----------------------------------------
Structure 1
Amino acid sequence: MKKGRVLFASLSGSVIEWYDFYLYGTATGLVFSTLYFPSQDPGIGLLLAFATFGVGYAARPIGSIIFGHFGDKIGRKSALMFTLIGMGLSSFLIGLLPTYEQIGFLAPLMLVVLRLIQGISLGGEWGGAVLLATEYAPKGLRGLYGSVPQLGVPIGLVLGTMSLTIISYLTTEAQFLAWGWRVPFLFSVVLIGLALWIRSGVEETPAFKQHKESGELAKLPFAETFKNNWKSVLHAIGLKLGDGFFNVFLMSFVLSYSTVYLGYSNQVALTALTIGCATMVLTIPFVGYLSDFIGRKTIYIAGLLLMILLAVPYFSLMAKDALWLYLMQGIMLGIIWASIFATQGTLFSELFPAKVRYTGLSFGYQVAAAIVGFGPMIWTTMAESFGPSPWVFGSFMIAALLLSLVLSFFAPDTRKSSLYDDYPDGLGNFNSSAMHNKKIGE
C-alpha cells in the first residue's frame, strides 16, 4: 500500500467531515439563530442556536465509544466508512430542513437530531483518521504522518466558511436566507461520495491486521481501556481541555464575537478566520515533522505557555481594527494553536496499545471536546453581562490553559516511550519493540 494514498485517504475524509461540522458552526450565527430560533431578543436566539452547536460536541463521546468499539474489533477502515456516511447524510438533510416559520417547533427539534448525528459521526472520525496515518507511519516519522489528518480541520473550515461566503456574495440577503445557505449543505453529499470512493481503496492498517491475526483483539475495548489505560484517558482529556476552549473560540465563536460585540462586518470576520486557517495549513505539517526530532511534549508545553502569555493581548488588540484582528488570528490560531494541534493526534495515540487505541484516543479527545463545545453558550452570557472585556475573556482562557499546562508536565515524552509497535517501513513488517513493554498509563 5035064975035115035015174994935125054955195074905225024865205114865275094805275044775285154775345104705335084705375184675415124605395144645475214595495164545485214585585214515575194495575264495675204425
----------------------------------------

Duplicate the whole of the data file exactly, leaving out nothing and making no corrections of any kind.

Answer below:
Structure 1
Amino acid sequence: MKKGRVLFASLSGSVIEWYDFYLYGTATGLVFSTLYFPSQDPGIGLLLAFATFGVGYAARPIGSIIFGHFGDKIGRKSALMFTLIGMGLSSFLIGLLPTYEQIGFLAPLMLVVLRLIQGISLGGEWGGAVLLATEYAPKGLRGLYGSVPQLGVPIGLVLGTMSLTIISYLTTEAQFLAWGWRVPFLFSVVLIGLALWIRSGVEETPAFKQHKESGELAKLPFAETFKNNWKSVLHAIGLKLGDGFFNVFLMSFVLSYSTVYLGYSNQVALTALTIGCATMVLTIPFVGYLSDFIGRKTIYIAGLLLMILLAVPYFSLMAKDALWLYLMQGIMLGIIWASIFATQGTLFSELFPAKVRYTGLSFGYQVAAAIVGFGPMIWTTMAESFGPSPWVFGSFMIAALLLSLVLSFFAPDTRKSSLYDDYPDGLGNFNSSAMHNKKIGE
C-alpha cells in the first residue's frame, strides 16, 4: 500500500467531515439563530442556536465509544466508512430542513437530531483518521504522518466558511436566507461520495491486521481501556481541555464575537478566520515533522505557555481594527494553536496499545471536546453581562490553559516511550519493540 494514498485517504475524509461540522458552526450565527430560533431578543436566539452547536460536541463521546468499539474489533477502515456516511447524510438533510416559520417547533427539534448525528459521526472520525496515518507511519516519522489528518480541520473550515461566503456574495440577503445557505449543505453529499470512493481503496492498517491475526483483539475495548489505560484517558482529556476552549473560540465563536460585540462586518470576520486557517495549513505539517526530532511534549508545553502569555493581548488588540484582528488570528490560531494541534493526534495515540487505541484516543479527545463545545453558550452570557472585556475573556482562557499546562508536565515524552509497535517501513513488517513493554498509563 5035064975035115035015174994935125054955195074905225024865205114865275094805275044775285154775345104705335084705375184675415124605395144645475214595495164545485214585585214515575194495575264495675204425